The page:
This was the fourth leg of much broader plan, started three years ago in Connemara, brainchild of Steve Mulhall and Jean Kelleher, two of the most experienced divers I know: circumnavigate Ireland diving unexplored sites and landing on as many islands as possible, even better if uninhabited and wild.
I had the chance to be part of this year’s crew and I did not hesitate before accepting the offer. Each diver came with 4 cylinders, for 2-days diving autonomy when it wasn’t possible to come back to land to use the portable compressor.
After spending a night in Bunbeg, we started our adventure launching and loading the boat for the first three nights of camping. We needed to carry all the camping gear and enough supplies for lunches, while we relied on our fishing skills to bring back some fish for dinner.
The first day saw us diving Arran, Torneady Point, not far from Burtonport, and the Stags of Owey. Turneady Point (The Cathedral), was full of life, with a great number of nudibranchs, wrasse, pollock and some seals watching us from a safe distance.
The Stags of Owey was a magnificent dive, with superb topology, loads of life on every wall of the rocks, going below the surface to 40m and great schools of fish. We liked this site so much that we decided to dive it again the following day. It is not a site you can dive too often being so exposed to all winds.
The first night of camping was on Owey, where we found a nice sheltered site for setting camp and for cooking our catch of the day. The start of our trip couldn’t have gone any better: great diving, a good camp easily set up and good food…and maybe one drink.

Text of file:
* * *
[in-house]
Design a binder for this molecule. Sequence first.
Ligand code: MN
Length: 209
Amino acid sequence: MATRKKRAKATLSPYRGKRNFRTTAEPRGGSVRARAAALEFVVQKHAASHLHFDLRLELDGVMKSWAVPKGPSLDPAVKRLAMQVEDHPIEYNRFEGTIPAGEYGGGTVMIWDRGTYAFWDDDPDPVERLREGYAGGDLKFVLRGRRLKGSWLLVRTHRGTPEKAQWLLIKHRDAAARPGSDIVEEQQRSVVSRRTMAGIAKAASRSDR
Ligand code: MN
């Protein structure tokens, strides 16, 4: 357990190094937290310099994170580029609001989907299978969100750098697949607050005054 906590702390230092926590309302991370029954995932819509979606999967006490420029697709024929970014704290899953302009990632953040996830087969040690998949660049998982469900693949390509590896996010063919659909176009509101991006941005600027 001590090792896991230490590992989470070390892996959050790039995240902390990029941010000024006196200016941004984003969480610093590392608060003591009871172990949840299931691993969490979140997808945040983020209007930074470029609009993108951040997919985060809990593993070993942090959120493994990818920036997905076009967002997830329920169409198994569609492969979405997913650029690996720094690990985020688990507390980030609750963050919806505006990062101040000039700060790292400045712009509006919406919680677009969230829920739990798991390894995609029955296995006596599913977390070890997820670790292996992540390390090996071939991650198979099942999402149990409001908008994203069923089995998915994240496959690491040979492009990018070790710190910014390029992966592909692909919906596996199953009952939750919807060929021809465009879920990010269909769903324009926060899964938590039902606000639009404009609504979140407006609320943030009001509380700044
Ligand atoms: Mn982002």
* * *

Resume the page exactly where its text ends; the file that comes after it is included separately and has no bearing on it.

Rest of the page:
The second day the Stags did not let us down, as we continued our underwater exploration where we left off the day before, surrounded by fish and dramatic scenery. After the second dive two of us started setting up camp and preparing food for our tired bodies while the other two headed for mainland to fill our cylinders. We dived around Gola in the afternoon, with good weather conditions and lots of life around us.
On the third day we had a hard start: the hydraulic hose of the steering had burst. After some brainstorming we started working on it and we managed to fix it within a couple of hours, making the best use of whatever tools were available.
We then set off to dive around Gola and Inisheerer, where we found a fantastic gully, with walls covered in life. Between dives we landed on a small sandy cove in Umfin island, where we had lunch and did a bit of exploration while off-gassing before our second dive.
After spending our last night on Gola, in the morning, we headed for Tory Island, stopping by bloody Foreland for our morning dive, where we found good visibility, spider crabs and lots of fish life.
The sea conditions were slightly challenging for the journey to Tory, with a 2m swell and a force 4 wind running against it, but Steve’s expert coxswain skills got us to our destination safely and quicker than expected…if not a bit wet. Of course we could not land before diving again, which brought us exploring the west side of the island, a site that is very rarely diveable, due to a combination of great diving, with endless gullies, walls, huge fish shoals and favorable weather conditions made us decide there and then to go back to the same area the following day.
We spent the night in Tory’s Harbour View Hotel where we enjoyed, for a change, the comfort of a proper bed, were relieved from coooking and bottle filling (the hotel is equipped with a very good compressor) duties and could chill with a few drinks.
After an excellent breakfast in the Harbour View Hotel, we headed for the pier, where we were met by local fishermen looking for some help: they had lost a line with 24 lobster pots near the site we planned to dive, which had been inaccessible for weeks due to the previous weather conditions. Jean and Steve managed to successfully locate and buoy the lost line, allowing the fishermen to recover the lost lobster pots. We then all dived The Wasp, a 1884 wreck now pretty much part of Tory Islands West reef, where Colin and I also recovered another stuck pot for the same lucky fishermen.
When we came back to the harbour we were rewarded with nine lobsters, which we expertly barbecued after coming back to mainland in Portnablagh, the very same evening.